Traditionally, telephony operators retained data for their own billing and marketing purposes for a considerable period — often for up to six years — in line with the Statute of Limitations. The information was made available to the Garda on request on an informal basis. Some shape was put on that system in the Interception of Postal Packets and Telecommunications Messages (Regulation) Act 1993, under which requests for data had to be made through a Garda chief superintendent or a colonel in the Permanent Defence Force. This system continued until the EU Telecommunications Directive 2002/58/EC which, as interpreted, allowed data to be retained for only up to six months. This would have caused problems for law enforcement and State security and, accordingly, the then Minister for Public Enterprise, using her powers under the Postal and Telecommunications Services Act 1983, issued directions to the main telephony operators to retain data for three years.
That was intended as a temporary measure until primary legislation was ready. The preparation of the legislation was delayed by negotiations on the EU framework decision on data retention. However, matters came to a head in January 2005 when the then Data Retention Commissioner issued notices to the main telephony operators to retain data for no longer than six months. To retain the integrity of a system that is crucial in the fight against crime, including terrorist crime, emergency legislation had to be prepared placing the temporary provisions on a full statutory basis. This was done in this House by way of amendments to the Criminal Justice (Terrorist Offences) Act 2005. I emphasise that the importance and effectiveness of data information in protecting our people against the activities of criminals, including terrorists, cannot be overestimated.
The negotiations on the framework decision petered out and it was decided instead to transform the instrument from a Third Pillar framework decision to a First Pillar directive. Agreement was reached on the directive following intense negotiations but Ireland voted against it on a matter of principle — we had no significant problem with the content. The First Pillar is designed to regulate the internal market. At present, we have a challenge to the legal base for the directive before the European Court of Justice but that does not absolve us from transposing the directive.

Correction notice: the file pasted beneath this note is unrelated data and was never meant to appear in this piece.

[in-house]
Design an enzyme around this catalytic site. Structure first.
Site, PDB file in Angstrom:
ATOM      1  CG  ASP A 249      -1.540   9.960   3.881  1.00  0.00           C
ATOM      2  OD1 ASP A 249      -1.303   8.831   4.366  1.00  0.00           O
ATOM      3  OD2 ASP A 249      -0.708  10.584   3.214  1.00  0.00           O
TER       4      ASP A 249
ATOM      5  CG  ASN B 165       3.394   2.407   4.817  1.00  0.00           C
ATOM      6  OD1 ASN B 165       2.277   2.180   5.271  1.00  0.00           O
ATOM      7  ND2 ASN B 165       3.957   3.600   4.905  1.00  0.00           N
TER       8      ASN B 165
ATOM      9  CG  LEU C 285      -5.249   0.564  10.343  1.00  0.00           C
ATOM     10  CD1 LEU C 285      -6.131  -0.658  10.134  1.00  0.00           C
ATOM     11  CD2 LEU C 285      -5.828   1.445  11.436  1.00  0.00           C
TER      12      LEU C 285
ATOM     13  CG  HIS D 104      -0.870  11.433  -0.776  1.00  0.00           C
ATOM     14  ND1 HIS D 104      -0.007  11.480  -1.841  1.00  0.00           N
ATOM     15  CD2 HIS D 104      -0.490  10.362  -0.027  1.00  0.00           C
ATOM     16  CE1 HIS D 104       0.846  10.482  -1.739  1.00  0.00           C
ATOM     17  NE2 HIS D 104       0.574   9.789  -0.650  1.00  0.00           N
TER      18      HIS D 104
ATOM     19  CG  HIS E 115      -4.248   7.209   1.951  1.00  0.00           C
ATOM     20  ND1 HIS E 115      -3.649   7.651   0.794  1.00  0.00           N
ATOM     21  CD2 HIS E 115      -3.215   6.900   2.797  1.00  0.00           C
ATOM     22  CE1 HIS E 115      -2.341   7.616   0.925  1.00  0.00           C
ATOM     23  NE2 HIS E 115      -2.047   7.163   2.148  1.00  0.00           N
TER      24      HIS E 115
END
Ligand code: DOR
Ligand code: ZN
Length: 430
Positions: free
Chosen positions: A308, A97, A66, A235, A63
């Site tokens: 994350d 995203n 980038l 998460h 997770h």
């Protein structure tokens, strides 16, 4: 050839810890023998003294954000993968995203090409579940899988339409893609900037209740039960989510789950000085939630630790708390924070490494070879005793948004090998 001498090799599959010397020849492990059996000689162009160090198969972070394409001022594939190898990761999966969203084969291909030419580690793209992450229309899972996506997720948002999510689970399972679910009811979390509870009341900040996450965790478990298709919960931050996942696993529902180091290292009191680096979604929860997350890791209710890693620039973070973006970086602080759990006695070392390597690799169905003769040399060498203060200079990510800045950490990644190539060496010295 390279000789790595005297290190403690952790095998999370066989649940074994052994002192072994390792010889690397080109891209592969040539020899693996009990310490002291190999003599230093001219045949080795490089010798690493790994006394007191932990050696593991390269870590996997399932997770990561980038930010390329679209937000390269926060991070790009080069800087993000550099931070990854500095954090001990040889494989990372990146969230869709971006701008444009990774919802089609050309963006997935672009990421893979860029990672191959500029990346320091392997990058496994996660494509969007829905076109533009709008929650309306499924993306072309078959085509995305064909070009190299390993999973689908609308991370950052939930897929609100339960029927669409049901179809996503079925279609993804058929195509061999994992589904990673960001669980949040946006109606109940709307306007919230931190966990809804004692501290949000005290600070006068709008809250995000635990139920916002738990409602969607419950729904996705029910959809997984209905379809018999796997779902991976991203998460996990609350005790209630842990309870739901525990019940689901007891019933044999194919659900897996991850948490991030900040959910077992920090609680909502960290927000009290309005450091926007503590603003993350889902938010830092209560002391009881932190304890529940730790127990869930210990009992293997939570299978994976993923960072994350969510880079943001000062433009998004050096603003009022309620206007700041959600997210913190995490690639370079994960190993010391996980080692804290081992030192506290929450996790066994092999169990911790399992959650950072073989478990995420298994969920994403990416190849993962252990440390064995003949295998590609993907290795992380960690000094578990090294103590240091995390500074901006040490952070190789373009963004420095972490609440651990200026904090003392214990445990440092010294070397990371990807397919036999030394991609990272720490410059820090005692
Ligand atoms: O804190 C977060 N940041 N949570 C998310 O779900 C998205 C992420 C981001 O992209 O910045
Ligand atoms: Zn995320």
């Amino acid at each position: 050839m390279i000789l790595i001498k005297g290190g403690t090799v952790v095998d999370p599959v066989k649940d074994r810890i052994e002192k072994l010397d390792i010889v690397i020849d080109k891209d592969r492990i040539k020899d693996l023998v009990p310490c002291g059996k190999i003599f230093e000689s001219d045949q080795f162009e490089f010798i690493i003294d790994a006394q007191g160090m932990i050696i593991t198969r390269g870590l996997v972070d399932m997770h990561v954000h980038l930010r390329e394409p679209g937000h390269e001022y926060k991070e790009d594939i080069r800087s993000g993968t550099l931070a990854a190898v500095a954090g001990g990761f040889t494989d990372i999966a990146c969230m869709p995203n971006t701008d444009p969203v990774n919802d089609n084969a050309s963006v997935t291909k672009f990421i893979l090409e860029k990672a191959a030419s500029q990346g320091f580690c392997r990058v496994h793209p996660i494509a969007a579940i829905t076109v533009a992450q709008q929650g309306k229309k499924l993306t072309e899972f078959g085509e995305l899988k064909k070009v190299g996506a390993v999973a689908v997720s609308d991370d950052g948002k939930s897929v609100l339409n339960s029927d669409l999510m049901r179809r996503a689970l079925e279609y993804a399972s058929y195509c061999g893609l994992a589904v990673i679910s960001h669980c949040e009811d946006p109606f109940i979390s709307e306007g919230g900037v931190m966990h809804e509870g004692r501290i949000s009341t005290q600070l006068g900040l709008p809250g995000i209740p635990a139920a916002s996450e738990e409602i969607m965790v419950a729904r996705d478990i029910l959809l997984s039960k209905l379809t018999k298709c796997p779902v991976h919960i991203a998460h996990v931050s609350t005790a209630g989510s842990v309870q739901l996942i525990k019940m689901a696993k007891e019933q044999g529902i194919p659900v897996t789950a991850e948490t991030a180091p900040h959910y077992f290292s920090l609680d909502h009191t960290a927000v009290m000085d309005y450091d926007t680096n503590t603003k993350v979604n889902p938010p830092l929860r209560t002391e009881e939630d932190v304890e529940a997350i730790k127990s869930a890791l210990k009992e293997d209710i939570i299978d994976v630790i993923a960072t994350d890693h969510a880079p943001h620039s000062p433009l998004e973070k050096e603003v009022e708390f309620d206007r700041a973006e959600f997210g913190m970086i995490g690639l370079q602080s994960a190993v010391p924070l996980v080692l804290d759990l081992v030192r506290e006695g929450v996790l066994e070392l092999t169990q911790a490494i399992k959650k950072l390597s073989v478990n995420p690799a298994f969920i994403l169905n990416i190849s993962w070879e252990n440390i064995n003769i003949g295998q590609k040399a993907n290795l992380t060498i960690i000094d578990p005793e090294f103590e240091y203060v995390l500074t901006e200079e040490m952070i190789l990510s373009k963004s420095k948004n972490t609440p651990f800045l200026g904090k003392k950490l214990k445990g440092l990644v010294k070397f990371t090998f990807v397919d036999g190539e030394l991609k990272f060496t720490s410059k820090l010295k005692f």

Transposition will take place as soon as possible after all consultations have been completed. The directive was due for transposition last September but, because of our existing legislation on data retention, a method had to be found whereby the same scheme and safeguards would apply to both telephony and Internet data. It is the normal practice to transpose directives of this type by means of a statutory instrument. Transposition means that we will have a similar system of data retention to all of the other member states of the European Union. This will allow member states to co-operate more fully in responding to crime, including the transnational criminal gangs that traffic human beings and drugs, and the threats posed by terrorists, both from within and outside the European Union.
Finally, the directive is a joint collaboration between the European Parliament and the Council. Recital 9 makes it clear that it complies with Article 8 of the European Convention for the Protection of Human Rights and Fundamental Freedoms under which everyone has the right to respect for his or her private life. I reject that such a system is a breach of freedom. It is relevant only to information such as when and the number to which a call was made and the location of a call. It does not require content of messages to be retained. We have little room for flexibility in transposing the directive, but where we have some element of flexibility, such as the periods for which data must be retained, final decisions have not yet been made.
Senator Fiona O’Malley: I thank the Minister of State for that comprehensive reply. He said transposition will take place as soon as possible after consultations have been completed. He might ask the relevant Minister on my behalf where those consultations are taking place. As a Member of the other House, I ask the Minister of State to raise this issue there because it is in the interests of the Irish people. While he suggested that this directive complies with the European Convention for the Protection of Human Rights and Fundamental Freedoms, that is not what I have read. It would be a good opportunity for us to discuss it. Nobody wants to undermine the ability of the State to protect us against subversion — I would not want to do so. However, personal and individual freedoms are also important.